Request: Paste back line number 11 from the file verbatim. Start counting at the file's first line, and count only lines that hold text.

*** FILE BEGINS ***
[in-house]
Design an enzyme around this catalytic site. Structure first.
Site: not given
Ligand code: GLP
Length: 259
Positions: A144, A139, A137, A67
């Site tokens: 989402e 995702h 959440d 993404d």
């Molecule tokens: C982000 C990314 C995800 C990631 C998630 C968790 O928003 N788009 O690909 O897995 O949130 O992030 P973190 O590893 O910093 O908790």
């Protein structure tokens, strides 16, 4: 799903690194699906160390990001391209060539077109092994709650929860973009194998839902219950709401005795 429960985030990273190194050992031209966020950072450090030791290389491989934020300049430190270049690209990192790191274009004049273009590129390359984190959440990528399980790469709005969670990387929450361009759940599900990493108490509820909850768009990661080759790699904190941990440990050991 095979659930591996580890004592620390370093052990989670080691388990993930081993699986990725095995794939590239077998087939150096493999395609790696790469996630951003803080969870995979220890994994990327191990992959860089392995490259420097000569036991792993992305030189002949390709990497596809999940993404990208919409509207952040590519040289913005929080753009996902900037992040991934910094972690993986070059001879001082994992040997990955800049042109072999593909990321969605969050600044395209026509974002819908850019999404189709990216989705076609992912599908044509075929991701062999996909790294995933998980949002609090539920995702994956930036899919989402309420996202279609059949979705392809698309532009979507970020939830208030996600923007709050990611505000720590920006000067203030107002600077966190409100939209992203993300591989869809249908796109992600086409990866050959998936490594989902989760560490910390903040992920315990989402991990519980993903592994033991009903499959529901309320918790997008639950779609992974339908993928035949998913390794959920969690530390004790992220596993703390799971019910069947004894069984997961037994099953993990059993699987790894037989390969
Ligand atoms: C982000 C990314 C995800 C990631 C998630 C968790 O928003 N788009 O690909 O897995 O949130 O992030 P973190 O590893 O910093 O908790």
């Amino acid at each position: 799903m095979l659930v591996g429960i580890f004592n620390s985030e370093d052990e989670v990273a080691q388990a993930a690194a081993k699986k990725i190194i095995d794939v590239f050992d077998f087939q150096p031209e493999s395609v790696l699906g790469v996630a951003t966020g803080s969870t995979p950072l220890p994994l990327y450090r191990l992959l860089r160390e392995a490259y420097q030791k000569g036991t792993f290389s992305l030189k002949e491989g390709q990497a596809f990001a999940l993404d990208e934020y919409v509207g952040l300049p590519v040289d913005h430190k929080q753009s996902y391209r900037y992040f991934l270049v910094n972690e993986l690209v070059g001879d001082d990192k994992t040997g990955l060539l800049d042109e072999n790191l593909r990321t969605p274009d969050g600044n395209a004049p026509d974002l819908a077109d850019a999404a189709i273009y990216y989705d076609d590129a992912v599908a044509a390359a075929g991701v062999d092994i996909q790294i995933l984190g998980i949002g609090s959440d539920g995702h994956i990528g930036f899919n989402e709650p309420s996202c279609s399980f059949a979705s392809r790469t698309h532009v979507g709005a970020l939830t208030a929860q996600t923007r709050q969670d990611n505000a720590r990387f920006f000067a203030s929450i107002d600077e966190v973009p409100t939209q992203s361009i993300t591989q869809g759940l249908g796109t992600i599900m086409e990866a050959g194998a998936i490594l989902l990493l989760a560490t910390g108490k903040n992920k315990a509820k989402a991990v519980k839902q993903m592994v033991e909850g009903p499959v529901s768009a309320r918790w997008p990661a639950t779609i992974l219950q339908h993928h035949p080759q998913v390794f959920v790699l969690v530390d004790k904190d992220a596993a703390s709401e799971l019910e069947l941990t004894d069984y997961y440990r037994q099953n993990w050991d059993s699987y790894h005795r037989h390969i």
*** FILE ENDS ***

């Amino acid at each position: 799903m095979l659930v591996g429960i580890f004592n620390s985030e370093d052990e989670v990273a080691q388990a993930a690194a081993k699986k990725i190194i095995d794939v590239f050992d077998f087939q150096p031209e493999s395609v790696l699906g790469v996630a951003t966020g803080s969870t995979p950072l220890p994994l990327y450090r191990l992959l860089r160390e392995a490259y420097q030791k000569g036991t792993f290389s992305l030189k002949e491989g390709q990497a596809f990001a999940l993404d990208e934020y919409v509207g952040l300049p590519v040289d913005h430190k929080q753009s996902y391209r900037y992040f991934l270049v910094n972690e993986l690209v070059g001879d001082d990192k994992t040997g990955l060539l800049d042109e072999n790191l593909r990321t969605p274009d969050g600044n395209a004049p026509d974002l819908a077109d850019a999404a189709i273009y990216y989705d076609d590129a992912v599908a044509a390359a075929g991701v062999d092994i996909q790294i995933l984190g998980i949002g609090s959440d539920g995702h994956i990528g930036f899919n989402e709650p309420s996202c279609s399980f059949a979705s392809r790469t698309h532009v979507g709005a970020l939830t208030a929860q996600t923007r709050q969670d990611n505000a720590r990387f920006f000067a203030s929450i107002d600077e966190v973009p409100t939209q992203s361009i993300t591989q869809g759940l249908g796109t992600i599900m086409e990866a050959g194998a998936i490594l989902l990493l989760a560490t910390g108490k903040n992920k315990a509820k989402a991990v519980k839902q993903m592994v033991e909850g009903p499959v529901s768009a309320r918790w997008p990661a639950t779609i992974l219950q339908h993928h035949p080759q998913v390794f959920v790699l969690v530390d004790k904190d992220a596993a703390s709401e799971l019910e069947l941990t004894d069984y997961y440990r037994q099953n993990w050991d059993s699987y790894h005795r037989h390969i």